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Obama Judge Expands Endangered Species Regulatory Powers, Despite EPA’s Court Loss

'Threatened and endangered species do not have the luxury of waiting under rules that do not protect them...'

(Headline USA) A federal judge appointed by former President Barack Obama on Tuesday threw out a host of actions by the Trump administration to roll back Obama’s alarming weaponization of the Endangered Species Act and other environmental laws as a means to intrude on private property rights.

Northern California-based U.S. District Judge Jon Tigar issued his reversal a year after the Biden administration said it was moving to resume and bolster the Obama-era policies.

It also came only a week after the US Supreme Court rebuffed administrative overreach by the Environmental Protection Agency and other agencies that sought regularly to create laws while circumventing the legislative branch of government.

Tigar’s decree may reflect a newfound sense of urgency among those in the federal bureaucracy to reassert their regulatory powers in the wake of the devastating SCOTUS decision.

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He eliminated the Trump-era rules even as two wildlife agencies under President Joe Biden are reviewing or rescinding the regulations. The decision restores a range of burdensome requirements under the Endangered Species Act—including some that date to the 1970s—while the reviews are completed.

Leftist environmental activists hailed the decision, which they said sped up needed protections and critical habitat designations for threatened species, including salmon in the Pacific Northwest.

Tigar’s ruling “spoke for species desperately in need of comprehensive federal protections without compromise,” said Kristen Boyles, an attorney for the far-left ecoterrorism group Earthjustice. “Threatened and endangered species do not have the luxury of waiting under rules that do not protect them.”

The court ruling comes as two federal agencies—the U.S. Fish and Wildlife Service and National Marine Fisheries Service—review five Endangered Species Act regulations finalized by President Donald Trump’s administration, including critical habitat designations and rules requiring federal agencies to consult with the wildlife or fisheries services before taking actions that could affect threatened or endangered species.

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Fish and Wildlife also said it will reinstate the decades-old “blanket rule,” which mandates additional protections for species that are newly classified as threatened. Those protections were removed under Trump.

Critical habitat designations for threatened or endangered species can result in limitations on energy development such as mining or oil drilling that could disturb a vulnerable species, while the consultation rule and a separate rule on the scope of proposed federal actions help determine how far the government may go to protect imperiled species.

The rules also impact personal property rights, with the government stepping in to regulate the sale, transfer or development of land on which an endangered species is thought to have existed, even if there is no evidence showing it is there.

Biden withdrew last month from a 2020 rule that limited which lands and waters could be designated as places where imperiled animals and plants could receive federal protection.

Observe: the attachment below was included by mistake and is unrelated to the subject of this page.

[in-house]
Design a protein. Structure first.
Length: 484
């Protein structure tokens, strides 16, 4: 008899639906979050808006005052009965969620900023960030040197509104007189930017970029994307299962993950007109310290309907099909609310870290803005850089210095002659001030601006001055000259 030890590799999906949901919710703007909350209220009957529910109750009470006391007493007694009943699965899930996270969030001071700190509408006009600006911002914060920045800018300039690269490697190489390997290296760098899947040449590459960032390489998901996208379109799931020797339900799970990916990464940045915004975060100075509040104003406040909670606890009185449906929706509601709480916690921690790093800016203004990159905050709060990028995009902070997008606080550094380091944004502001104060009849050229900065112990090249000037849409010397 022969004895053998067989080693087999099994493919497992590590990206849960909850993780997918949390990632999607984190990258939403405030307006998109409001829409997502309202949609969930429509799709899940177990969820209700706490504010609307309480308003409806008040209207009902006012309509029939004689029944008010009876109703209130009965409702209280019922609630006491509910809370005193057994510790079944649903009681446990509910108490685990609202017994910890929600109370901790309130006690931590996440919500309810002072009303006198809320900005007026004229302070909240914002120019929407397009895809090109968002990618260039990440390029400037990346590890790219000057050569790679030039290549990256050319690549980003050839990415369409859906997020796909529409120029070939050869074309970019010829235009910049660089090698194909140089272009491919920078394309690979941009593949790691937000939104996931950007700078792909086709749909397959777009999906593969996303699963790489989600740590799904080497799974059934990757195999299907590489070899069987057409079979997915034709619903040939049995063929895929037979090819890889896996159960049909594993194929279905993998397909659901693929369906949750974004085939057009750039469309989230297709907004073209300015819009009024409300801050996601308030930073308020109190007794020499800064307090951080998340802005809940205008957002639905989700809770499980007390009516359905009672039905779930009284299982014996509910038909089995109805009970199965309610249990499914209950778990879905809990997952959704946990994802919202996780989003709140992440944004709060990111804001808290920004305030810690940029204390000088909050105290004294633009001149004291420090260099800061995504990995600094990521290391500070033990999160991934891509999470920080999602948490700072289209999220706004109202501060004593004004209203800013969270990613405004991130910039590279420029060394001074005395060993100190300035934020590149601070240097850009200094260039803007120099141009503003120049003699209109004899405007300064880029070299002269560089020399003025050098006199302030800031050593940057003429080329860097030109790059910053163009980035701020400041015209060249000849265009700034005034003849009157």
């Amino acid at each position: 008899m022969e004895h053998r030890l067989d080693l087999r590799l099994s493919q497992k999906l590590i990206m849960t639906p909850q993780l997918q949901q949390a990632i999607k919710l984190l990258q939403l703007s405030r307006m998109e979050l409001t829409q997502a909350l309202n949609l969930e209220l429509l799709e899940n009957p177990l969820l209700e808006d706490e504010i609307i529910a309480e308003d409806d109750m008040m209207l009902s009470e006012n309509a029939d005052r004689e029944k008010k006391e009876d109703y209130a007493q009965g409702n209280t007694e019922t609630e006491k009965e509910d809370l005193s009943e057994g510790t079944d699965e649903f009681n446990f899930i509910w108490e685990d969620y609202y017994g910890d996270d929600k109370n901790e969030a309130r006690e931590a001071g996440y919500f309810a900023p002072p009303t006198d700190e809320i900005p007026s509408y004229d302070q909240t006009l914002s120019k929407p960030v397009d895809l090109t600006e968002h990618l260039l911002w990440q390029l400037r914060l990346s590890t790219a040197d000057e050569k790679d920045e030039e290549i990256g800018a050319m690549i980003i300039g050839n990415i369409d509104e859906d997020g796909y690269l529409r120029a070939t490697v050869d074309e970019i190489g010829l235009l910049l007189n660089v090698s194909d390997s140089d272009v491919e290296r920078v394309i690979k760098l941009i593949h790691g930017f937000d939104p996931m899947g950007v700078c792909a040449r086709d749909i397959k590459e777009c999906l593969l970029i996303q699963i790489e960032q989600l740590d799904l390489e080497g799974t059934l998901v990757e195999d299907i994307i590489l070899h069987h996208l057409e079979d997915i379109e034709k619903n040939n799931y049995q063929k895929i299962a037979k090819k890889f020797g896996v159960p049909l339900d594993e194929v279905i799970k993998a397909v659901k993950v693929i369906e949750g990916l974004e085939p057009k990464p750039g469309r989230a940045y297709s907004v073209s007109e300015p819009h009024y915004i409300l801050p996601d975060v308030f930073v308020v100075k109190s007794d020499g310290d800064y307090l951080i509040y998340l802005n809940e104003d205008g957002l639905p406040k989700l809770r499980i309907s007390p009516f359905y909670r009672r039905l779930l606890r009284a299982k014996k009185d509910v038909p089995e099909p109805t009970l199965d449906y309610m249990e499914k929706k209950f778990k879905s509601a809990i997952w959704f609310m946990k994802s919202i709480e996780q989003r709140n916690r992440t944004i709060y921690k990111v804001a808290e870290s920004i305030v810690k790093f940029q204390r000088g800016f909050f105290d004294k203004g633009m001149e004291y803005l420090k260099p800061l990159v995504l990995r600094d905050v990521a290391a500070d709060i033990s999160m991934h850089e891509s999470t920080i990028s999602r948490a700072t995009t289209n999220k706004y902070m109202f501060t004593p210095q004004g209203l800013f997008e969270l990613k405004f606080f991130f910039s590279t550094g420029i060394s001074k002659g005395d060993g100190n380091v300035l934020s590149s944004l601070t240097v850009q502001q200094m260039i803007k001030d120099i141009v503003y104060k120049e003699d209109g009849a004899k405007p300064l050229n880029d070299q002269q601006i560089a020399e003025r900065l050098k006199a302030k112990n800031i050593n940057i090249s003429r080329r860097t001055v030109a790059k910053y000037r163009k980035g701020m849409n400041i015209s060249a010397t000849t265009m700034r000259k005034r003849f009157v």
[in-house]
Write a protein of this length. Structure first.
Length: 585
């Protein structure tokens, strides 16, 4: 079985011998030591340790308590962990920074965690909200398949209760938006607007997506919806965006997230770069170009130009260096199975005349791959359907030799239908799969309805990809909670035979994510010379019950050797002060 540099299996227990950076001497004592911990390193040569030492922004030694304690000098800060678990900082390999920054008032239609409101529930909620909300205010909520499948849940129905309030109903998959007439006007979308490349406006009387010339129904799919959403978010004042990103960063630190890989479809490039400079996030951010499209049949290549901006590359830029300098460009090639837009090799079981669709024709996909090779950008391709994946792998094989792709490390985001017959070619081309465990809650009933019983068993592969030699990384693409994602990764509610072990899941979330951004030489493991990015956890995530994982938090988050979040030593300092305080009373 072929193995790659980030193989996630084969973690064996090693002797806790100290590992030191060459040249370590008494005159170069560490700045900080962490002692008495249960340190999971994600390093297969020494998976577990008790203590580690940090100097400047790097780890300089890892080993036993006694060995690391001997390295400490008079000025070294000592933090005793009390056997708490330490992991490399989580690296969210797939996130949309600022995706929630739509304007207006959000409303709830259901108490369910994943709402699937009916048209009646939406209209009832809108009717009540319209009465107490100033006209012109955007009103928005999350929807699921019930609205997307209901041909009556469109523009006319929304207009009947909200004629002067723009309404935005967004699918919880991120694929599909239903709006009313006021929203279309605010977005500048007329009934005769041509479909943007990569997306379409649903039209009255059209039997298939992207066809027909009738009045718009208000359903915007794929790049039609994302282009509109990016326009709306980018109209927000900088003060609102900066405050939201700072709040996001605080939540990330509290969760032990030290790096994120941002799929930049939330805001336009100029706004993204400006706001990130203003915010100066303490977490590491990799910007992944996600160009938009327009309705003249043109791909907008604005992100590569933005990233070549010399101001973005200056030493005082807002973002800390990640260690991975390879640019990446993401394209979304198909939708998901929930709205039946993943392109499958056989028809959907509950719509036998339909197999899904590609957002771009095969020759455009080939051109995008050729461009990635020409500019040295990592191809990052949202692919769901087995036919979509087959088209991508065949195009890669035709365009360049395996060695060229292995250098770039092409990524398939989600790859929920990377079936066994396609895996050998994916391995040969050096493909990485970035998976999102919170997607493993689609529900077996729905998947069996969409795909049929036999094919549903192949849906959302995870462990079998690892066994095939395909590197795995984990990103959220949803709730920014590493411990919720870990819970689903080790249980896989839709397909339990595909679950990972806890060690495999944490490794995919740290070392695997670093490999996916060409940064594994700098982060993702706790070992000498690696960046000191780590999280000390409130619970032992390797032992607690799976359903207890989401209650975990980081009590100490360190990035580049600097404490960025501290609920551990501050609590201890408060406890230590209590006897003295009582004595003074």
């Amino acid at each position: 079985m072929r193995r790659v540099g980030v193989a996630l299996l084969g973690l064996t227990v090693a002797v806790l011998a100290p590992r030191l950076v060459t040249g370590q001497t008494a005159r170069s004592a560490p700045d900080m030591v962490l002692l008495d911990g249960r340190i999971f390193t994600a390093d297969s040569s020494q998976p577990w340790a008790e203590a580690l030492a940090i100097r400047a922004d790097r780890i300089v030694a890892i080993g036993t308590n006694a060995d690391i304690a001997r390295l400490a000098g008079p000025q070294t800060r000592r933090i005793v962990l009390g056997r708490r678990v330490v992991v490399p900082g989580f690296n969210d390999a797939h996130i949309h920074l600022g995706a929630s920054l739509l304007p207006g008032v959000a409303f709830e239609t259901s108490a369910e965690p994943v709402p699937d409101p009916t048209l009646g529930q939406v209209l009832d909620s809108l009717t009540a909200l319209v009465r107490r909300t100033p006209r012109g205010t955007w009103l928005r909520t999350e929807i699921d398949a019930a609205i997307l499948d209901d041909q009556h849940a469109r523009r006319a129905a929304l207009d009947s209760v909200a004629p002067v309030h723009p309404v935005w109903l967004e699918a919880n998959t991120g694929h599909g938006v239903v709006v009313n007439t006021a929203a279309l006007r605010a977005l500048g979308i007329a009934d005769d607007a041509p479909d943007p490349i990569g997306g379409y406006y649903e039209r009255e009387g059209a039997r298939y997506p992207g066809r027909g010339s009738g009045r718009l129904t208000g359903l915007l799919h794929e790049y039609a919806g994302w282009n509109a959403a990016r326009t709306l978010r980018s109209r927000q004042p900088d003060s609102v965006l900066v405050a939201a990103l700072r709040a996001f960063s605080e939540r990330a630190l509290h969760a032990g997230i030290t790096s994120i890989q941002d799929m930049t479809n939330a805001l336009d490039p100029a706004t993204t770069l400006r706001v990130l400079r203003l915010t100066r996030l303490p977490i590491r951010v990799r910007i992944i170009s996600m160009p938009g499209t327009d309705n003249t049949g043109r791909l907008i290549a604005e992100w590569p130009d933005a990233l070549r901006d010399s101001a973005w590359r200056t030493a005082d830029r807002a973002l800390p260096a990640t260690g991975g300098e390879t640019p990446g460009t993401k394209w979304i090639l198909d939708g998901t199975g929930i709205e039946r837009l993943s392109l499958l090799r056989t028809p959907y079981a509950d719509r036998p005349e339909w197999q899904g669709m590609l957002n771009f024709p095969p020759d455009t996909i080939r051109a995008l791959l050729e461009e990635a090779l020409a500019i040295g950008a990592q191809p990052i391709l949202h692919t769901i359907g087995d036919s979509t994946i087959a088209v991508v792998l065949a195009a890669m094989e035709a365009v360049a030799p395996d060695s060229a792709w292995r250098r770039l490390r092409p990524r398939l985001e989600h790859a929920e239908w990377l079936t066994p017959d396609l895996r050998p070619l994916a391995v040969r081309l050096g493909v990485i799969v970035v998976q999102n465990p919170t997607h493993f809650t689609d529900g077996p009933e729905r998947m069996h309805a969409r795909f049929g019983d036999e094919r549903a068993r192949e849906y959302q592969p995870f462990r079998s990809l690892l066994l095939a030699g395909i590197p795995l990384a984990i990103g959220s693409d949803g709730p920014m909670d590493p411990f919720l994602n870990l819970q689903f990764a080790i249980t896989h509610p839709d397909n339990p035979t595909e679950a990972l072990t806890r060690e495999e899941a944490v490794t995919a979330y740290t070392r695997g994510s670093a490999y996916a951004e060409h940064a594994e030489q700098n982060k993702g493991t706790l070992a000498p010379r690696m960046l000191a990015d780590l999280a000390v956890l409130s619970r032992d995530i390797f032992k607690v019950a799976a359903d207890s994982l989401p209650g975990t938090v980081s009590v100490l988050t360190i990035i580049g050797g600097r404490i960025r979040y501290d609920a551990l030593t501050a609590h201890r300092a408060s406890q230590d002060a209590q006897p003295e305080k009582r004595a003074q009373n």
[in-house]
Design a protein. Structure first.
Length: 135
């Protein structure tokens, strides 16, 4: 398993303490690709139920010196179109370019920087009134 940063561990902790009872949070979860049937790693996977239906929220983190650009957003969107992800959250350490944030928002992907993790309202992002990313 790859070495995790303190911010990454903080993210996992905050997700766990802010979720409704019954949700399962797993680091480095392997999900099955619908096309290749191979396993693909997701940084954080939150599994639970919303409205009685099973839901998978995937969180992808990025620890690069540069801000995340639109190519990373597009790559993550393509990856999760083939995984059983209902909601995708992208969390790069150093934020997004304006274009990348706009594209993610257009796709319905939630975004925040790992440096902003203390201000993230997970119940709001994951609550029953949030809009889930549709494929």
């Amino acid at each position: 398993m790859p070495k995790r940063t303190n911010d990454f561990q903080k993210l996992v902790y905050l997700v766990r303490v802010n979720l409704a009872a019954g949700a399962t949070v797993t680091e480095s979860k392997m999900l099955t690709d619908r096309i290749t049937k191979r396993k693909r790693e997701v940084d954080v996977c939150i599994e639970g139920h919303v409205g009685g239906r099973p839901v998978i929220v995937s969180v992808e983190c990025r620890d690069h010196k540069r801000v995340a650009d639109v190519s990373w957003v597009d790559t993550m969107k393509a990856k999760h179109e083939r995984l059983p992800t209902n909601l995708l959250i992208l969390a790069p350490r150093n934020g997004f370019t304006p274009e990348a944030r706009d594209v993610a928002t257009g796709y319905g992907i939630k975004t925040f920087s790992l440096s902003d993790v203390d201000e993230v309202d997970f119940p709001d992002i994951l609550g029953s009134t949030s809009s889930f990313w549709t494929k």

Under Trump, officials rolled back protections for the northern spotted owl, gray wolves and other species—actions that Biden has vowed to review.

The Biden administration previously moved to reverse Trump’s decision to weaken enforcement of the century-old Migratory Bird Treaty Act, which made it harder to prosecute bird deaths caused by the energy industry, including windmills.

The bird law reversal was among more than 150 common-sense, business-friendly actions on the environment that were taken during the Trump administration.

A spokesman for the Interior Department, which oversees the Fish and Wildlife Service, said Tuesday the agency is reviewing the court ruling.

Fish and Wildlife, along with the marine fisheries service, announced in June 2021 that it was reviewing the Trump-era actions on endangered species. The reviews could take months or years to complete, officials said.

Industry groups and Republicans in Congress have long viewed the Endangered Species Act as an impediment to economic development, and under Trump they successfully lobbied to weaken the law’s regulations.

Leftist environmental groups and Democratic-controlled states battled the moves in court, but many of those cases remained unresolved.

Ryan Shannon, a lawyer with left-wing activist group the Center for Biological Diversity, said he was “incredibly relieved” that “terrible” Trump-era rules on endangered species were thrown out by the Oakland, California-based Tigar.

“I hope the Biden administration takes this opportunity to strengthen this crucial law, rather than weaken it, in the face of the ongoing extinction crisis,” Shannon said Tuesday.

Rebecca Riley of the leftist Natural Resources Defense Council said the court ruling “ensures that the previous administration’s ‘extinction package’ will be rolled back.”

She and other advocates called on the Biden administration to ensure the Endangered Species Act “can do its job: preventing the extinction of vulnerable species.”

Adapted from reporting by the Associated Press

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